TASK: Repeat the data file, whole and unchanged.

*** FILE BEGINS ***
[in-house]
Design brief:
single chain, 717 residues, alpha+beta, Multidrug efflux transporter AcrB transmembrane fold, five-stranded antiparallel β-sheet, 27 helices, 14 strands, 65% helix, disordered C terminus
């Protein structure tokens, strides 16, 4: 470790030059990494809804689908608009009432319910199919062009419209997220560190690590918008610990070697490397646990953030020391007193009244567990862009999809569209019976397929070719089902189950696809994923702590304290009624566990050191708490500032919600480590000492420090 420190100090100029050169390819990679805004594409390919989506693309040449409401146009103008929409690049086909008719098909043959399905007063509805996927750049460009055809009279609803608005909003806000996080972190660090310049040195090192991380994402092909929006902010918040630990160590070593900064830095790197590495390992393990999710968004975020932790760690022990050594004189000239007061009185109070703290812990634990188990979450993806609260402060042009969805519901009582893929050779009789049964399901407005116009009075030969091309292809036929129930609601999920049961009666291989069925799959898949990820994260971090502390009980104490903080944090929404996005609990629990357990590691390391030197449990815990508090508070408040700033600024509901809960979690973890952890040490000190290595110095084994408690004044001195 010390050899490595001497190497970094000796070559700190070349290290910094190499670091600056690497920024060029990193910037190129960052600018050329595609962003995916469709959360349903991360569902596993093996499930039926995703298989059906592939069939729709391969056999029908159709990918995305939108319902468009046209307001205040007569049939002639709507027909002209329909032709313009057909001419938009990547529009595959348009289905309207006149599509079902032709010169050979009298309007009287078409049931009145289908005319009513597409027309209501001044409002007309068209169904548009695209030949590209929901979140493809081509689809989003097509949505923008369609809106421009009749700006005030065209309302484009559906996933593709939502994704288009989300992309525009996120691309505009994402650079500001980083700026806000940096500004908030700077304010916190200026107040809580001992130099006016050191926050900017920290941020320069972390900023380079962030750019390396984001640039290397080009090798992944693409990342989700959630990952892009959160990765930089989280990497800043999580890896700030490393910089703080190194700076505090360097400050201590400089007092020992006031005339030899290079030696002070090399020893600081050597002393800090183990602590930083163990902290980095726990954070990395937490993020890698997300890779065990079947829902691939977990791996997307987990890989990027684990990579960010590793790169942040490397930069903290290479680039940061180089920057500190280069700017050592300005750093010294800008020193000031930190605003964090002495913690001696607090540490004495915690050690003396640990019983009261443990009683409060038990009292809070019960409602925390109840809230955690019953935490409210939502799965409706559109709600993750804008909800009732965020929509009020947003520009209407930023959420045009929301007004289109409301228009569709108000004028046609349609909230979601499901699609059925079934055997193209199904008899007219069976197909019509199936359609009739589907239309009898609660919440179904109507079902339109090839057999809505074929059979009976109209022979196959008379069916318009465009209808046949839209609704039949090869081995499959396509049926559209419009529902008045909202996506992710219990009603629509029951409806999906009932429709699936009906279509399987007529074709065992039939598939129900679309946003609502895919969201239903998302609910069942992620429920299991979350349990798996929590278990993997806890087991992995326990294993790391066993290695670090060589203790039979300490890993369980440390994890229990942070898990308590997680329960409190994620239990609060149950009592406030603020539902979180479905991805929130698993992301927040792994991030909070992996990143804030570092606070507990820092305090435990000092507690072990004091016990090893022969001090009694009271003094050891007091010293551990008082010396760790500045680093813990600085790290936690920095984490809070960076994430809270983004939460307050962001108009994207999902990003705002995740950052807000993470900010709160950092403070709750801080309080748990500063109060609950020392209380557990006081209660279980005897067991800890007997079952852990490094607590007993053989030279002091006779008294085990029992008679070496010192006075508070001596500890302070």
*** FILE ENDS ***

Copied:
[in-house]
Design brief:
single chain, 717 residues, alpha+beta, Multidrug efflux transporter AcrB transmembrane fold, five-stranded antiparallel β-sheet, 27 helices, 14 strands, 65% helix, disordered C terminus
């Protein structure tokens, strides 16, 4: 470790030059990494809804689908608009009432319910199919062009419209997220560190690590918008610990070697490397646990953030020391007193009244567990862009999809569209019976397929070719089902189950696809994923702590304290009624566990050191708490500032919600480590000492420090 420190100090100029050169390819990679805004594409390919989506693309040449409401146009103008929409690049086909008719098909043959399905007063509805996927750049460009055809009279609803608005909003806000996080972190660090310049040195090192991380994402092909929006902010918040630990160590070593900064830095790197590495390992393990999710968004975020932790760690022990050594004189000239007061009185109070703290812990634990188990979450993806609260402060042009969805519901009582893929050779009789049964399901407005116009009075030969091309292809036929129930609601999920049961009666291989069925799959898949990820994260971090502390009980104490903080944090929404996005609990629990357990590691390391030197449990815990508090508070408040700033600024509901809960979690973890952890040490000190290595110095084994408690004044001195 010390050899490595001497190497970094000796070559700190070349290290910094190499670091600056690497920024060029990193910037190129960052600018050329595609962003995916469709959360349903991360569902596993093996499930039926995703298989059906592939069939729709391969056999029908159709990918995305939108319902468009046209307001205040007569049939002639709507027909002209329909032709313009057909001419938009990547529009595959348009289905309207006149599509079902032709010169050979009298309007009287078409049931009145289908005319009513597409027309209501001044409002007309068209169904548009695209030949590209929901979140493809081509689809989003097509949505923008369609809106421009009749700006005030065209309302484009559906996933593709939502994704288009989300992309525009996120691309505009994402650079500001980083700026806000940096500004908030700077304010916190200026107040809580001992130099006016050191926050900017920290941020320069972390900023380079962030750019390396984001640039290397080009090798992944693409990342989700959630990952892009959160990765930089989280990497800043999580890896700030490393910089703080190194700076505090360097400050201590400089007092020992006031005339030899290079030696002070090399020893600081050597002393800090183990602590930083163990902290980095726990954070990395937490993020890698997300890779065990079947829902691939977990791996997307987990890989990027684990990579960010590793790169942040490397930069903290290479680039940061180089920057500190280069700017050592300005750093010294800008020193000031930190605003964090002495913690001696607090540490004495915690050690003396640990019983009261443990009683409060038990009292809070019960409602925390109840809230955690019953935490409210939502799965409706559109709600993750804008909800009732965020929509009020947003520009209407930023959420045009929301007004289109409301228009569709108000004028046609349609909230979601499901699609059925079934055997193209199904008899007219069976197909019509199936359609009739589907239309009898609660919440179904109507079902339109090839057999809505074929059979009976109209022979196959008379069916318009465009209808046949839209609704039949090869081995499959396509049926559209419009529902008045909202996506992710219990009603629509029951409806999906009932429709699936009906279509399987007529074709065992039939598939129900679309946003609502895919969201239903998302609910069942992620429920299991979350349990798996929590278990993997806890087991992995326990294993790391066993290695670090060589203790039979300490890993369980440390994890229990942070898990308590997680329960409190994620239990609060149950009592406030603020539902979180479905991805929130698993992301927040792994991030909070992996990143804030570092606070507990820092305090435990000092507690072990004091016990090893022969001090009694009271003094050891007091010293551990008082010396760790500045680093813990600085790290936690920095984490809070960076994430809270983004939460307050962001108009994207999902990003705002995740950052807000993470900010709160950092403070709750801080309080748990500063109060609950020392209380557990006081209660279980005897067991800890007997079952852990490094607590007993053989030279002091006779008294085990029992008679070496010192006075508070001596500890302070």